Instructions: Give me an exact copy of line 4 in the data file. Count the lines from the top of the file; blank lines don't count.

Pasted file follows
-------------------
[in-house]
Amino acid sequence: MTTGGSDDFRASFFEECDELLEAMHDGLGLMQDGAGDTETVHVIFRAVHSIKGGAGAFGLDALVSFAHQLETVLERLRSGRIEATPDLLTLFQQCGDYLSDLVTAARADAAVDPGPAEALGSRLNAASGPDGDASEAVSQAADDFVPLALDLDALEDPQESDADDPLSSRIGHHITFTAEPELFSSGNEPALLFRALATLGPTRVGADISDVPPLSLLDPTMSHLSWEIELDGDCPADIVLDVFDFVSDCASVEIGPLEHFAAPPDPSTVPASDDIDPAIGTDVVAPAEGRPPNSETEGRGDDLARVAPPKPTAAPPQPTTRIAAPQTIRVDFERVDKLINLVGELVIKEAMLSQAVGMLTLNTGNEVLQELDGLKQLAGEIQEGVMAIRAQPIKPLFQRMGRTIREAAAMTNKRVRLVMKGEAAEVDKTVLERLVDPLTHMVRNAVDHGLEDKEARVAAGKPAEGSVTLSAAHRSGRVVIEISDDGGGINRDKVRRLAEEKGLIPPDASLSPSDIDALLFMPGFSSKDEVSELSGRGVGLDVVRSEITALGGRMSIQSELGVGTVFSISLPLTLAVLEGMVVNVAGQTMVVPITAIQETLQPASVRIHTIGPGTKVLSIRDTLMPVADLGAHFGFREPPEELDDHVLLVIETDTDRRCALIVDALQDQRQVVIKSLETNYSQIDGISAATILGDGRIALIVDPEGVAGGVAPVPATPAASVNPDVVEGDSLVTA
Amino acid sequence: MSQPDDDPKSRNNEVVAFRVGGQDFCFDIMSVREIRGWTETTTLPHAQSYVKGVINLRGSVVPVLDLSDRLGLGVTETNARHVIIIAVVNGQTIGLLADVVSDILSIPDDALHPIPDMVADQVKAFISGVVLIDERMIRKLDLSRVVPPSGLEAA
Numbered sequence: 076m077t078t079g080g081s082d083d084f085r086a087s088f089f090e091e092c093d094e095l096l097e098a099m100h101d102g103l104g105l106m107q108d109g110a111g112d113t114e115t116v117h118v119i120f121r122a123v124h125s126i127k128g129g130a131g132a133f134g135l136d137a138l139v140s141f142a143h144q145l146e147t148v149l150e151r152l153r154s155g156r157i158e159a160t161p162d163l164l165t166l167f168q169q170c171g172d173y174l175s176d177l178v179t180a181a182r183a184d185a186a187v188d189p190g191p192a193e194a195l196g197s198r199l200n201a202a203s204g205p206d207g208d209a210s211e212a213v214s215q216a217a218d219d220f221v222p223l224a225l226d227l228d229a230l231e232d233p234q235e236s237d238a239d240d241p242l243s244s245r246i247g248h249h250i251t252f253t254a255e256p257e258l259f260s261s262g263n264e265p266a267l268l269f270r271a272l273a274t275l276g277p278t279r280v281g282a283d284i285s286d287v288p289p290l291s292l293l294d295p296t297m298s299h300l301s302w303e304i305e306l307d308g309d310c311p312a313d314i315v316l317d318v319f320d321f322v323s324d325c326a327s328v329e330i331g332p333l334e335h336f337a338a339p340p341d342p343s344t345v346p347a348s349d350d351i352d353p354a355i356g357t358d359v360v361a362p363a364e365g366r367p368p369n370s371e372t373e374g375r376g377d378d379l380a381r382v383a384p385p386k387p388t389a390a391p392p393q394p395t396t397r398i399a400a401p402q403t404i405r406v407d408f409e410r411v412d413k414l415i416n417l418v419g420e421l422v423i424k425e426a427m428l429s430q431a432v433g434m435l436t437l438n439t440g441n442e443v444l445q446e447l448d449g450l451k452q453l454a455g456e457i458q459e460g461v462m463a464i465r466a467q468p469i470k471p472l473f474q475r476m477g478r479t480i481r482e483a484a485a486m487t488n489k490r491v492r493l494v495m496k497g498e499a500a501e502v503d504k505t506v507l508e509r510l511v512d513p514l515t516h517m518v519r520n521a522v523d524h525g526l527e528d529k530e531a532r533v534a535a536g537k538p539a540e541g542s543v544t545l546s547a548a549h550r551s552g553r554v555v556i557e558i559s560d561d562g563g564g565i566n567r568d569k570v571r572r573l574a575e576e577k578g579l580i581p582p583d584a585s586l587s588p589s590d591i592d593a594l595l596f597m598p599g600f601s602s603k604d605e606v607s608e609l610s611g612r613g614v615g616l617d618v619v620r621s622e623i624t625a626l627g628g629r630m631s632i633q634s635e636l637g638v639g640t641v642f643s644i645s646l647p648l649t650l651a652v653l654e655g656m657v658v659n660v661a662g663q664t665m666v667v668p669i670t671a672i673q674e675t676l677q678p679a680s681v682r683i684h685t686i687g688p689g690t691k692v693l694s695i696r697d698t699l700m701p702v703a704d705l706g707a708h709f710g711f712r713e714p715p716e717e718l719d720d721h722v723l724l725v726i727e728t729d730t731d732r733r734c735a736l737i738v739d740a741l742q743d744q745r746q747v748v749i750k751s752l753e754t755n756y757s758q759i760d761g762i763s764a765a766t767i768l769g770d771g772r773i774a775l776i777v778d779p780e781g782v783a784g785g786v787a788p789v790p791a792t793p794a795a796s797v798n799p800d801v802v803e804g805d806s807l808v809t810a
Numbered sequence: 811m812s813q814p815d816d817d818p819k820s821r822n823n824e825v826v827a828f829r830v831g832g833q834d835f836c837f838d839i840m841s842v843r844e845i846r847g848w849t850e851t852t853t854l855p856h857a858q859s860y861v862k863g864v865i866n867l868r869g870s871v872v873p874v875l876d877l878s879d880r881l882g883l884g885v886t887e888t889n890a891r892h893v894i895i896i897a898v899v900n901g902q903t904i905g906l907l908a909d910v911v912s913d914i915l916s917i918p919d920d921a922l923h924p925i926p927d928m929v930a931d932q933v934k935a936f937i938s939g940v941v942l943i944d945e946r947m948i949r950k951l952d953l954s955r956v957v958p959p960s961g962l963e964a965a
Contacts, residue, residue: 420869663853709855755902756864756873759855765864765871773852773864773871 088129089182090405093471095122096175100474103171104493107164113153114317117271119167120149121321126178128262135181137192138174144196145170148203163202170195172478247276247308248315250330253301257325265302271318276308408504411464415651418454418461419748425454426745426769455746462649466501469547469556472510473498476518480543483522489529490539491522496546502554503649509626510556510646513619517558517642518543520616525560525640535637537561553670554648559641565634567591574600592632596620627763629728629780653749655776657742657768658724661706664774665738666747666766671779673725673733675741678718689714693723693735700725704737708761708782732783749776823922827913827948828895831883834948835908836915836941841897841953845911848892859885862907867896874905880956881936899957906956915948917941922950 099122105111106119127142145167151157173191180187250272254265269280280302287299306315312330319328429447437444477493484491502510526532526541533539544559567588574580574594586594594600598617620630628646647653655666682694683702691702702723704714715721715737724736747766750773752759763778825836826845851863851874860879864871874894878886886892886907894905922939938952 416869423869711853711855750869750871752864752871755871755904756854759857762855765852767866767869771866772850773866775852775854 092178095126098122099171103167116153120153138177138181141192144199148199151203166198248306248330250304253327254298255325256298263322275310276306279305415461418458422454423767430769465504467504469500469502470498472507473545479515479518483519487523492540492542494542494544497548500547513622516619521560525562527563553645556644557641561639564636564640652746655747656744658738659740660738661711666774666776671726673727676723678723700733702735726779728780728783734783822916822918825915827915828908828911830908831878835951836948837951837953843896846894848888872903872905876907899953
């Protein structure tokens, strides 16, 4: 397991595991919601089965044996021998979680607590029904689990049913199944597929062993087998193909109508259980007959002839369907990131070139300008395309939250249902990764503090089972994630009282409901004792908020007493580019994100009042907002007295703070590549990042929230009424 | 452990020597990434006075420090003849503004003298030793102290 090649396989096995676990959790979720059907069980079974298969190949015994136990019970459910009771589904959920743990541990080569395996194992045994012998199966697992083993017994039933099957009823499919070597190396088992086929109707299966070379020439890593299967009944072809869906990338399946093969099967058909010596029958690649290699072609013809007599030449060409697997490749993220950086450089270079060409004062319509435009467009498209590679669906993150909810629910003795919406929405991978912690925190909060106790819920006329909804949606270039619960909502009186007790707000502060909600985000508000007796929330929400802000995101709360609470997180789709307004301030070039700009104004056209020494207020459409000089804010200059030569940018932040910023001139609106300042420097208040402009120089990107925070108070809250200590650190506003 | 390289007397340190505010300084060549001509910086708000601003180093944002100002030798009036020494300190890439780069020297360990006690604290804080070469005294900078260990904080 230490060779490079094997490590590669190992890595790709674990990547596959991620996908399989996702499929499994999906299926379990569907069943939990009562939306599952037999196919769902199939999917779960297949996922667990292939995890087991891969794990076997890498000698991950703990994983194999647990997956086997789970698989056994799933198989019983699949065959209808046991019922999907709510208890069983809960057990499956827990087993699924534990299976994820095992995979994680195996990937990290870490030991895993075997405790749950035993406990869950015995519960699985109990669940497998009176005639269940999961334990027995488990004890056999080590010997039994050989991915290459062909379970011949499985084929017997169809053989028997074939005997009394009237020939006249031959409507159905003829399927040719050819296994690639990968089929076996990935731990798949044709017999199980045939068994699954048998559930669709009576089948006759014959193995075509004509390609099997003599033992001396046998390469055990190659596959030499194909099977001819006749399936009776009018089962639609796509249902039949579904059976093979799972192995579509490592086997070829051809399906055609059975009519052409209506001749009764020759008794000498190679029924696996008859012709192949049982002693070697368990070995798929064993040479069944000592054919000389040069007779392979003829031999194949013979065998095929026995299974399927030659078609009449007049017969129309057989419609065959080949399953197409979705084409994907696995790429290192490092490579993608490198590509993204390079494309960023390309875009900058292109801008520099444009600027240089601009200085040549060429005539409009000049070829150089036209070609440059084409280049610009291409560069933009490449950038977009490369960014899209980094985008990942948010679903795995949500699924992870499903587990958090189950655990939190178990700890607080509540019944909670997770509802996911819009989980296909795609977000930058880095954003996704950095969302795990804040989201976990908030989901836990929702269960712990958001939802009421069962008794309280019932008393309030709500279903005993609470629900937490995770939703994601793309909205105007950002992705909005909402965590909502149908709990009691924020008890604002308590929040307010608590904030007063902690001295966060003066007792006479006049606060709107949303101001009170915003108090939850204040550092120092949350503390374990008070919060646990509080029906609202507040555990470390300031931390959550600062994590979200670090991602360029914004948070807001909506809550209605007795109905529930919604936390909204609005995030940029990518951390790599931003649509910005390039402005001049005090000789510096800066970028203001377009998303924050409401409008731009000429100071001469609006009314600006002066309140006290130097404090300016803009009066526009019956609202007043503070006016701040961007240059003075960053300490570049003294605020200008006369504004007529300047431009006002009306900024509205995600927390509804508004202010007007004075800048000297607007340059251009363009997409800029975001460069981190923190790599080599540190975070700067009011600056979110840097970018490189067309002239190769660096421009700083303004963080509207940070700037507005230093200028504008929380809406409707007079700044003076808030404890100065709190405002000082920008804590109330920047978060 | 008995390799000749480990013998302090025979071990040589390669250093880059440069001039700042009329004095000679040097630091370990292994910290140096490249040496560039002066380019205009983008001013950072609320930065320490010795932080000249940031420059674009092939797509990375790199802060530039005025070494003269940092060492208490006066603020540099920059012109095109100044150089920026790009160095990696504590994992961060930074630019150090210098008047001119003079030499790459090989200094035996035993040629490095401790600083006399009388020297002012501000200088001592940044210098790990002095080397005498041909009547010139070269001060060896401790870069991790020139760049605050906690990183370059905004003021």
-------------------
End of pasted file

Numbered sequence: 076m077t078t079g080g081s082d083d084f085r086a087s088f089f090e091e092c093d094e095l096l097e098a099m100h101d102g103l104g105l106m107q108d109g110a111g112d113t114e115t116v117h118v119i120f121r122a123v124h125s126i127k128g129g130a131g132a133f134g135l136d137a138l139v140s141f142a143h144q145l146e147t148v149l150e151r152l153r154s155g156r157i158e159a160t161p162d163l164l165t166l167f168q169q170c171g172d173y174l175s176d177l178v179t180a181a182r183a184d185a186a187v188d189p190g191p192a193e194a195l196g197s198r199l200n201a202a203s204g205p206d207g208d209a210s211e212a213v214s215q216a217a218d219d220f221v222p223l224a225l226d227l228d229a230l231e232d233p234q235e236s237d238a239d240d241p242l243s244s245r246i247g248h249h250i251t252f253t254a255e256p257e258l259f260s261s262g263n264e265p266a267l268l269f270r271a272l273a274t275l276g277p278t279r280v281g282a283d284i285s286d287v288p289p290l291s292l293l294d295p296t297m298s299h300l301s302w303e304i305e306l307d308g309d310c311p312a313d314i315v316l317d318v319f320d321f322v323s324d325c326a327s328v329e330i331g332p333l334e335h336f337a338a339p340p341d342p343s344t345v346p347a348s349d350d351i352d353p354a355i356g357t358d359v360v361a362p363a364e365g366r367p368p369n370s371e372t373e374g375r376g377d378d379l380a381r382v383a384p385p386k387p388t389a390a391p392p393q394p395t396t397r398i399a400a401p402q403t404i405r406v407d408f409e410r411v412d413k414l415i416n417l418v419g420e421l422v423i424k425e426a427m428l429s430q431a432v433g434m435l436t437l438n439t440g441n442e443v444l445q446e447l448d449g450l451k452q453l454a455g456e457i458q459e460g461v462m463a464i465r466a467q468p469i470k471p472l473f474q475r476m477g478r479t480i481r482e483a484a485a486m487t488n489k490r491v492r493l494v495m496k497g498e499a500a501e502v503d504k505t506v507l508e509r510l511v512d513p514l515t516h517m518v519r520n521a522v523d524h525g526l527e528d529k530e531a532r533v534a535a536g537k538p539a540e541g542s543v544t545l546s547a548a549h550r551s552g553r554v555v556i557e558i559s560d561d562g563g564g565i566n567r568d569k570v571r572r573l574a575e576e577k578g579l580i581p582p583d584a585s586l587s588p589s590d591i592d593a594l595l596f597m598p599g600f601s602s603k604d605e606v607s608e609l610s611g612r613g614v615g616l617d618v619v620r621s622e623i624t625a626l627g628g629r630m631s632i633q634s635e636l637g638v639g640t641v642f643s644i645s646l647p648l649t650l651a652v653l654e655g656m657v658v659n660v661a662g663q664t665m666v667v668p669i670t671a672i673q674e675t676l677q678p679a680s681v682r683i684h685t686i687g688p689g690t691k692v693l694s695i696r697d698t699l700m701p702v703a704d705l706g707a708h709f710g711f712r713e714p715p716e717e718l719d720d721h722v723l724l725v726i727e728t729d730t731d732r733r734c735a736l737i738v739d740a741l742q743d744q745r746q747v748v749i750k751s752l753e754t755n756y757s758q759i760d761g762i763s764a765a766t767i768l769g770d771g772r773i774a775l776i777v778d779p780e781g782v783a784g785g786v787a788p789v790p791a792t793p794a795a796s797v798n799p800d801v802v803e804g805d806s807l808v809t810a